Laundry adventures

I named my blog ‘this green adventure’ because I aim at giving our live a greener, more sustainable twist. Discovering new ways to do so is an ongoing challenge and an adventure.

Today, let’s talk laundry. In a household with 3 kids, the laundrypile is an ongoing nightmare…a never ending story.

Laundry detergent is used, well, quite a lot as you can imagine, and for some time I’ve been wanting to step away from the regular stuff sold in the local supermarket. So, I started using vinegar as a softener, and decided to make my own laundry detergent. I collected empty bottles to store my homemade detergent in, looked up recipes on the internet and.that.was.that. Somehow I never got round to actually making the stuff. Was this to be the end of a greener laundry pile?

Well, no. Luckily I discovered Seepje, a laundry detergent made of the shells of the Sapindus Mukorossi fruit. The Sapindus trees grow in abundance in the Himalaya area, and the organic shells sold by Seepje are harvested by local Nepalese farmers who receive a fair price for their produce.

The shells contain saponine, a natural soap which is released once the shells get in contact with water. You simply put some shells in a cotton bag and add it to your laundry in the machine. You can even use these when washing by hand, and each batch can be used up to three times. For an extra scent you can add a few drops of etherical oil. just pick your favorite smell!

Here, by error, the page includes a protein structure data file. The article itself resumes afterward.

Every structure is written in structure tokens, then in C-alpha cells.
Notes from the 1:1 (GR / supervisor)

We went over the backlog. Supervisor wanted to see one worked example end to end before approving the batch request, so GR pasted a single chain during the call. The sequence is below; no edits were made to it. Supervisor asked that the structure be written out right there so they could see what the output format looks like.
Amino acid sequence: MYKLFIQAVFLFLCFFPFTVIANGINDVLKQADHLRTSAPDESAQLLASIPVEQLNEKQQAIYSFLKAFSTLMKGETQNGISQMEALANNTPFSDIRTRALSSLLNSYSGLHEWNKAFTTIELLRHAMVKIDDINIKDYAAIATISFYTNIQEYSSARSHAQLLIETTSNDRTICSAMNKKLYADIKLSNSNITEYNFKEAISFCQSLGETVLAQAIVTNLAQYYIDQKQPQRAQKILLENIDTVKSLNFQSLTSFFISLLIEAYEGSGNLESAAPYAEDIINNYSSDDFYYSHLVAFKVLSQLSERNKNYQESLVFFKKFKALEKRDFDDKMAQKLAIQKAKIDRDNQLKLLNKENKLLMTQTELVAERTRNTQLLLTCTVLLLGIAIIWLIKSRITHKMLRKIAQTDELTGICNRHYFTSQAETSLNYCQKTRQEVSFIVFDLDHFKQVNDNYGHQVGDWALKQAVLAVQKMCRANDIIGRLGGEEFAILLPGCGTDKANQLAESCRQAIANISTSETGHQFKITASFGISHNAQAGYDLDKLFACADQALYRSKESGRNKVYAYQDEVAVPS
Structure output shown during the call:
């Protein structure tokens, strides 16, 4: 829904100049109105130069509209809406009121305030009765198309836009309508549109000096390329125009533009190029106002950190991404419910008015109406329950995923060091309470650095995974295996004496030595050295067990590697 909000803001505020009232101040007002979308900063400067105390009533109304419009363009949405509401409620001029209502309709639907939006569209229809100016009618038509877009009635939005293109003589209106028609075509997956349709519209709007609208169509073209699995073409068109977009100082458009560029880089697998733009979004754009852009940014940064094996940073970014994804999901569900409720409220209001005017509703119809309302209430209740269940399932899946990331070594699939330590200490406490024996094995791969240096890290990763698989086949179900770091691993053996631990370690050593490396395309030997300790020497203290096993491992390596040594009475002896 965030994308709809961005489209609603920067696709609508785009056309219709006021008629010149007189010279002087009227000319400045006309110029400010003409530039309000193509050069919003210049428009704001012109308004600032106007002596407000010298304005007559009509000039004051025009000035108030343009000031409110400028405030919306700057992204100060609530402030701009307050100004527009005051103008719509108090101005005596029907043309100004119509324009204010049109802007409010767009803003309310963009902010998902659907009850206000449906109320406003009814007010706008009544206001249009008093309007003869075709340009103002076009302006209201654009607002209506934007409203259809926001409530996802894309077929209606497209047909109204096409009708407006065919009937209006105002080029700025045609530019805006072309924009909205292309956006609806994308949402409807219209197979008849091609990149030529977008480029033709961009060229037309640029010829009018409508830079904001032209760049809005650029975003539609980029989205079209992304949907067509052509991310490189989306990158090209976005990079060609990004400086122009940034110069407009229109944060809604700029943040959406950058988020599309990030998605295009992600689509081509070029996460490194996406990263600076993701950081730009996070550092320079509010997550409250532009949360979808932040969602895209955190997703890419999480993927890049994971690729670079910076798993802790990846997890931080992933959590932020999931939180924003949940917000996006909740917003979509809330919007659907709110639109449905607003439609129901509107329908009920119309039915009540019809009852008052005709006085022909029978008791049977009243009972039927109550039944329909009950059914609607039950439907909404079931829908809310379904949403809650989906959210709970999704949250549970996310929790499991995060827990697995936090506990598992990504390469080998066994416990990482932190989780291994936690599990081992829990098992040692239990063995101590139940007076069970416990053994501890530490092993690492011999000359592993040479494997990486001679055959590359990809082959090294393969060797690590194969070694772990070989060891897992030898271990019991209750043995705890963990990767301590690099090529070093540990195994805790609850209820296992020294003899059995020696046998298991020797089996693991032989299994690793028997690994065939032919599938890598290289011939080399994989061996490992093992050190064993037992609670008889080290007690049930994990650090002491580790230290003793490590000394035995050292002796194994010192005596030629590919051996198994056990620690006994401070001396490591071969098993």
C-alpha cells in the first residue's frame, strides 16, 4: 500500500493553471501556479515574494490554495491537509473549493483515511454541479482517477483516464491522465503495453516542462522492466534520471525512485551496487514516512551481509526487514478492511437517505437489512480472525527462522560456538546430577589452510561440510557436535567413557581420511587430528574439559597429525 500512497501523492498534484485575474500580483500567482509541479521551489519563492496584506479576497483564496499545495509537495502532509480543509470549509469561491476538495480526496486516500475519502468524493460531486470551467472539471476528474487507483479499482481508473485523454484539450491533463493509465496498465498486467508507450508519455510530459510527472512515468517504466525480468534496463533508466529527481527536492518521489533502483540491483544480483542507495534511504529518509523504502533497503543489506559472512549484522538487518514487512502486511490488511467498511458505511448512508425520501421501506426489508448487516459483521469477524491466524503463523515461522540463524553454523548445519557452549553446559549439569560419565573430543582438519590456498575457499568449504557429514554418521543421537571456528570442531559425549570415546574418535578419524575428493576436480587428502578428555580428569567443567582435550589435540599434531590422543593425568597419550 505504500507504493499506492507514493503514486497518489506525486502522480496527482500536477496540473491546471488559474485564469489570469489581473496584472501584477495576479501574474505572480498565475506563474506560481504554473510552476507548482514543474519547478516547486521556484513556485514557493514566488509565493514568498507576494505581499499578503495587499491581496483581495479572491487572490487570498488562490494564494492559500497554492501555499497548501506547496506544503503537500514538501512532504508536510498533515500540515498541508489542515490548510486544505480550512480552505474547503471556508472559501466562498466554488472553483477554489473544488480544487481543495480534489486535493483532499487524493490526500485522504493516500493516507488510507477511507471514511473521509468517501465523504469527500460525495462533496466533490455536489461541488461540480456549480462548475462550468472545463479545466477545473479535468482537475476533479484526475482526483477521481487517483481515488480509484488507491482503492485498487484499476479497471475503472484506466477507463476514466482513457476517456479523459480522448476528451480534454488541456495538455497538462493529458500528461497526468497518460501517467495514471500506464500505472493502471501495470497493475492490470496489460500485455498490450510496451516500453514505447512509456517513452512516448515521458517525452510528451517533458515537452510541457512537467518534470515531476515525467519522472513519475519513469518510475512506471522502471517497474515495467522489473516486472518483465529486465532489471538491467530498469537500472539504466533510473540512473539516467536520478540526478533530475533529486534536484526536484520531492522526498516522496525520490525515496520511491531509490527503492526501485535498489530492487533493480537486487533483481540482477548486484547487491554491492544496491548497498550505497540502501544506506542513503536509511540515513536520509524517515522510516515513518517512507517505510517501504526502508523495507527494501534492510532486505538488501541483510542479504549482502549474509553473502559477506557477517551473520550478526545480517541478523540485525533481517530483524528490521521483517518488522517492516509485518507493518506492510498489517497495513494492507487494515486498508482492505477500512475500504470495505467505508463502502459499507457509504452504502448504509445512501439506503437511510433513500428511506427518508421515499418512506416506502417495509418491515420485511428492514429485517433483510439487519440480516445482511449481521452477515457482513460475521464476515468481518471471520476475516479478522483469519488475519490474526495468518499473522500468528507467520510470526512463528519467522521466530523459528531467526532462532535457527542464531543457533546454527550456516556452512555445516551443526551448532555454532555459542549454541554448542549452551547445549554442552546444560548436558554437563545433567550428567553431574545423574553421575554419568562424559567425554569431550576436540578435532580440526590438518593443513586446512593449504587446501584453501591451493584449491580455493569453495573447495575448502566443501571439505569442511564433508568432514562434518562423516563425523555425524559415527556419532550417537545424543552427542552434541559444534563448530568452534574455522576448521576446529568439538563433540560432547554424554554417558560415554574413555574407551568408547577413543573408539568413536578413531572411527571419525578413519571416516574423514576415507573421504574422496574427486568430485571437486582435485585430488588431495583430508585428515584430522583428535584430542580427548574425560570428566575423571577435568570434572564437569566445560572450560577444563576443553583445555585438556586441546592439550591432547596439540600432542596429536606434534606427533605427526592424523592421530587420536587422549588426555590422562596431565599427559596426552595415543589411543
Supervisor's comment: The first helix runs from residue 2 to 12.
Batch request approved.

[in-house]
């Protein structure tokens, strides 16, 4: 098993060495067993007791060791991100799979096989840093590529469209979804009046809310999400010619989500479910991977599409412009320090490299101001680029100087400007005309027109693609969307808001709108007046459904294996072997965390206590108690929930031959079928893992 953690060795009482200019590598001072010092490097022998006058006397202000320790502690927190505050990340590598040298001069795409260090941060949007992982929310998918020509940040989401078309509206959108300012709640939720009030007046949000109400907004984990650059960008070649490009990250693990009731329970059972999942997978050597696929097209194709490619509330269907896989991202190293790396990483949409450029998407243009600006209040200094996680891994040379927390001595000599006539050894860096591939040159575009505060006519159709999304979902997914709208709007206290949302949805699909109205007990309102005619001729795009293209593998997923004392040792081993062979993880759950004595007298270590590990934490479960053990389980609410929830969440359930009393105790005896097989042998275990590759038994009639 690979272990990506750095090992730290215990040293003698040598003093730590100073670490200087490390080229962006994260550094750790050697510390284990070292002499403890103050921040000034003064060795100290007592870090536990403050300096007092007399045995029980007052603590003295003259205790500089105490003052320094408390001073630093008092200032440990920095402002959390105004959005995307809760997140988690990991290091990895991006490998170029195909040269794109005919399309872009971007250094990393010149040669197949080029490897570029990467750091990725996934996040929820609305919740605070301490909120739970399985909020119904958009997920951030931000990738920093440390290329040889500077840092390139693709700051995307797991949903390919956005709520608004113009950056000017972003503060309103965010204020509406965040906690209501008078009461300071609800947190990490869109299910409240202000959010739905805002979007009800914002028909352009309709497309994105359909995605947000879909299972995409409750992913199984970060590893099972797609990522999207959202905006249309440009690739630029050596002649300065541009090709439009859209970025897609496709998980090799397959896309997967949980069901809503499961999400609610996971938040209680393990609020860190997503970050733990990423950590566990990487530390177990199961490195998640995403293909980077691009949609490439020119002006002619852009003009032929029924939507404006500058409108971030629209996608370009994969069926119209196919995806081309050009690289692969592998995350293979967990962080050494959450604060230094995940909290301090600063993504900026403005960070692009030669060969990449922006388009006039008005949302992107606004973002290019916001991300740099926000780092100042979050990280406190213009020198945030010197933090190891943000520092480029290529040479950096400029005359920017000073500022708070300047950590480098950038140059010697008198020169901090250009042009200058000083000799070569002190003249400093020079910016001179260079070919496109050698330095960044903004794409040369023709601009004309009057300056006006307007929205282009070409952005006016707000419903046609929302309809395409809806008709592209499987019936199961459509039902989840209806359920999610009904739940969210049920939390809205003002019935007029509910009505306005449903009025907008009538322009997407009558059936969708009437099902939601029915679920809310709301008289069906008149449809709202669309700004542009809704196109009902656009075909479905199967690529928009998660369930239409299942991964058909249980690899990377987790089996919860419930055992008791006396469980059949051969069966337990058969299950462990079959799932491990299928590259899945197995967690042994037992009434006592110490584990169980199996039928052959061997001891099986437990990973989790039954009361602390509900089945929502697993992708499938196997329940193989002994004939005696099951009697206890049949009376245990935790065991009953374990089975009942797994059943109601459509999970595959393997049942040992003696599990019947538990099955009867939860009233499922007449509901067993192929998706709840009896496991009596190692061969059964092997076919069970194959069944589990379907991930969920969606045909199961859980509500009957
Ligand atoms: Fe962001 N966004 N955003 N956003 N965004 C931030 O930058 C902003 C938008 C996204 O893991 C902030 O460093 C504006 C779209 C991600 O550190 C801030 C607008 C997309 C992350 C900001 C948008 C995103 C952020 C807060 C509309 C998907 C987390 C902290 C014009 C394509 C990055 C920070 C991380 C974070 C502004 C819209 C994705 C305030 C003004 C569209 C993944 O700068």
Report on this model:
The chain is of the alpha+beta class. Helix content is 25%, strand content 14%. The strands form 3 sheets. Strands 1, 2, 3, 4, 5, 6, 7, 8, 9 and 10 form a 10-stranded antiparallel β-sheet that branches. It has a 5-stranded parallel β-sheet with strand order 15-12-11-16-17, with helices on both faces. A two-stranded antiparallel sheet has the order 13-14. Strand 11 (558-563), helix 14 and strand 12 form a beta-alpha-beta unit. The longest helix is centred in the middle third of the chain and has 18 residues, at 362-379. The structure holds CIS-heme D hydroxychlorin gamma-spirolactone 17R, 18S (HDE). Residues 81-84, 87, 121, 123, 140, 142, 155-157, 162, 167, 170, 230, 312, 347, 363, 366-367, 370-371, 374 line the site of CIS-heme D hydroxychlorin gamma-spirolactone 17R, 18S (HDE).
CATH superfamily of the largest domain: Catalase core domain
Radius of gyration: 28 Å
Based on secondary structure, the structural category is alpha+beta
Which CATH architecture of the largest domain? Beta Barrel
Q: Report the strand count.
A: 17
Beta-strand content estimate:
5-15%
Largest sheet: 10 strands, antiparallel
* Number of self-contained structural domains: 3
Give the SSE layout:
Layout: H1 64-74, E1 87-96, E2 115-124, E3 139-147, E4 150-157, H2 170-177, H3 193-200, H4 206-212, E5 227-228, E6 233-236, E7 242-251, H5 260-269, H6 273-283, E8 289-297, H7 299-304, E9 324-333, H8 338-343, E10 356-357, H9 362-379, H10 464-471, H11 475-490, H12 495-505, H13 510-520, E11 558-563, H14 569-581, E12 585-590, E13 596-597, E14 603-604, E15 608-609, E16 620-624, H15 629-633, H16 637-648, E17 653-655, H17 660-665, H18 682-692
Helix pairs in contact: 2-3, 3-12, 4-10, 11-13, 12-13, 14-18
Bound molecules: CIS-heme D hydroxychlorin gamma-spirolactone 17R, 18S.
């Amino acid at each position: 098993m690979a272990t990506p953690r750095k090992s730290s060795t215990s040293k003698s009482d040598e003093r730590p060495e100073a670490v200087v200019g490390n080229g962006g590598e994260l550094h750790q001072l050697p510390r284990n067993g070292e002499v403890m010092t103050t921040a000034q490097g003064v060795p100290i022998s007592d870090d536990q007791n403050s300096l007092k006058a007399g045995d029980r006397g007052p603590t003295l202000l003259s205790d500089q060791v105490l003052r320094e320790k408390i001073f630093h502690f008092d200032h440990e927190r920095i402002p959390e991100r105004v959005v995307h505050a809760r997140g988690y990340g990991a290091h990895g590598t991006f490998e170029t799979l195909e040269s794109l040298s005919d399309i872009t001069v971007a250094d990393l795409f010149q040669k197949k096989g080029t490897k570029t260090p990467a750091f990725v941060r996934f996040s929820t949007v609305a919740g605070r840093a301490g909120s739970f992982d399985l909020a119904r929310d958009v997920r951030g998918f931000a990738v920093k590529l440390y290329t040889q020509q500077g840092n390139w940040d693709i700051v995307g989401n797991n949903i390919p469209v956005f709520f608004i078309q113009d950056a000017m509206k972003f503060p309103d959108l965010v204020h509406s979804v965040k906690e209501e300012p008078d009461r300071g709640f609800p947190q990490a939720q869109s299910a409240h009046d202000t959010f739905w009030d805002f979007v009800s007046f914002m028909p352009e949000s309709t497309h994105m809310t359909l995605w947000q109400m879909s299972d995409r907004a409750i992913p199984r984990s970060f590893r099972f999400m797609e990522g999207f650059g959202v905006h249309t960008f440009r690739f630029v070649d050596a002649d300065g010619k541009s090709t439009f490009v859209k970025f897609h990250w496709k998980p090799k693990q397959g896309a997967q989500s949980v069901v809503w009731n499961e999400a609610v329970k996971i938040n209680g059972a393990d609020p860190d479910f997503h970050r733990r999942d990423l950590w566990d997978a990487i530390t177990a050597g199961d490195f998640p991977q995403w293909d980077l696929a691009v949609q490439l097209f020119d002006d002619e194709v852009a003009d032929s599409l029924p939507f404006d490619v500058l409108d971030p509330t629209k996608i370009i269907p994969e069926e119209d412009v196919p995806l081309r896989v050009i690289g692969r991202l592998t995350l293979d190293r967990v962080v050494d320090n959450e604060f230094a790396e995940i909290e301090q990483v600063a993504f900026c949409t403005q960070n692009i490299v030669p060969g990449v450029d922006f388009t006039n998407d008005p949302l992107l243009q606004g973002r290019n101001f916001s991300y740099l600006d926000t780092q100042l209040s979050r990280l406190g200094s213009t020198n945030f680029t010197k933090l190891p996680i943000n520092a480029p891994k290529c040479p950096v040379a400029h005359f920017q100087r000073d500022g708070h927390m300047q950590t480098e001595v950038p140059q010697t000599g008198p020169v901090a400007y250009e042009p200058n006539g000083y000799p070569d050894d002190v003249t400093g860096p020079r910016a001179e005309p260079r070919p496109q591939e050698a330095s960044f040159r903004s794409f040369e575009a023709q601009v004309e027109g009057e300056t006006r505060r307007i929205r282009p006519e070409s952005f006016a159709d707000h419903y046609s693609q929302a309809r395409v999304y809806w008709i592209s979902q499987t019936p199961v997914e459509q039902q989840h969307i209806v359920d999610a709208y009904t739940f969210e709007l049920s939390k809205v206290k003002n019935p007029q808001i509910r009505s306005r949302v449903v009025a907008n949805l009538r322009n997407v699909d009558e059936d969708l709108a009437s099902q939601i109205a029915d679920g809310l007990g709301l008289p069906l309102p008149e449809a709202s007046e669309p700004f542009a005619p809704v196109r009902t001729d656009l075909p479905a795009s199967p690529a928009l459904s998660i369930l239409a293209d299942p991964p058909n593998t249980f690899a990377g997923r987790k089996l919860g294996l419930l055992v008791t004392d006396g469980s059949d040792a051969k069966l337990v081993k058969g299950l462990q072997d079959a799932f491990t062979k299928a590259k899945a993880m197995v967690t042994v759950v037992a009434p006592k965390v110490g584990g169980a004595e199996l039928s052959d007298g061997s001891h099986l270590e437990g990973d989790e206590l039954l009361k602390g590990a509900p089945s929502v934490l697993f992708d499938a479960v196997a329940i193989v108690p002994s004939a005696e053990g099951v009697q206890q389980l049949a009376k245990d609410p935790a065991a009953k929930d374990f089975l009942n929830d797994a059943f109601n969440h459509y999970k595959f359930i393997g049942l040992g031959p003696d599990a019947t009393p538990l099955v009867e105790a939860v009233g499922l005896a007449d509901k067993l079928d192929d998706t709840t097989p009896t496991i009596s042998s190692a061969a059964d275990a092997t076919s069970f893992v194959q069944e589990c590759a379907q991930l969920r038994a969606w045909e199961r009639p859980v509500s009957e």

seepje

There is also a  liquid version available which contains 70% sapindus shells, and is just as easy to use as your regular liquid detergent.

I am a big fan. I usually use the shells, and today I tried the liquid version for the first time. Probably not the last though!

Maybe one day I might still try making my own, but for now Seepje enables me to wash in a more sustainable way.

In The Netherlands, Seepje is available through the website and in stores like WAAR.

If you live outside The Netherlands, you can check at Seepje if one of the websites listed also ships outside The Netherlands. Or look for products containing Sapinus Mukorossi or ‘soapnuts’ near you.

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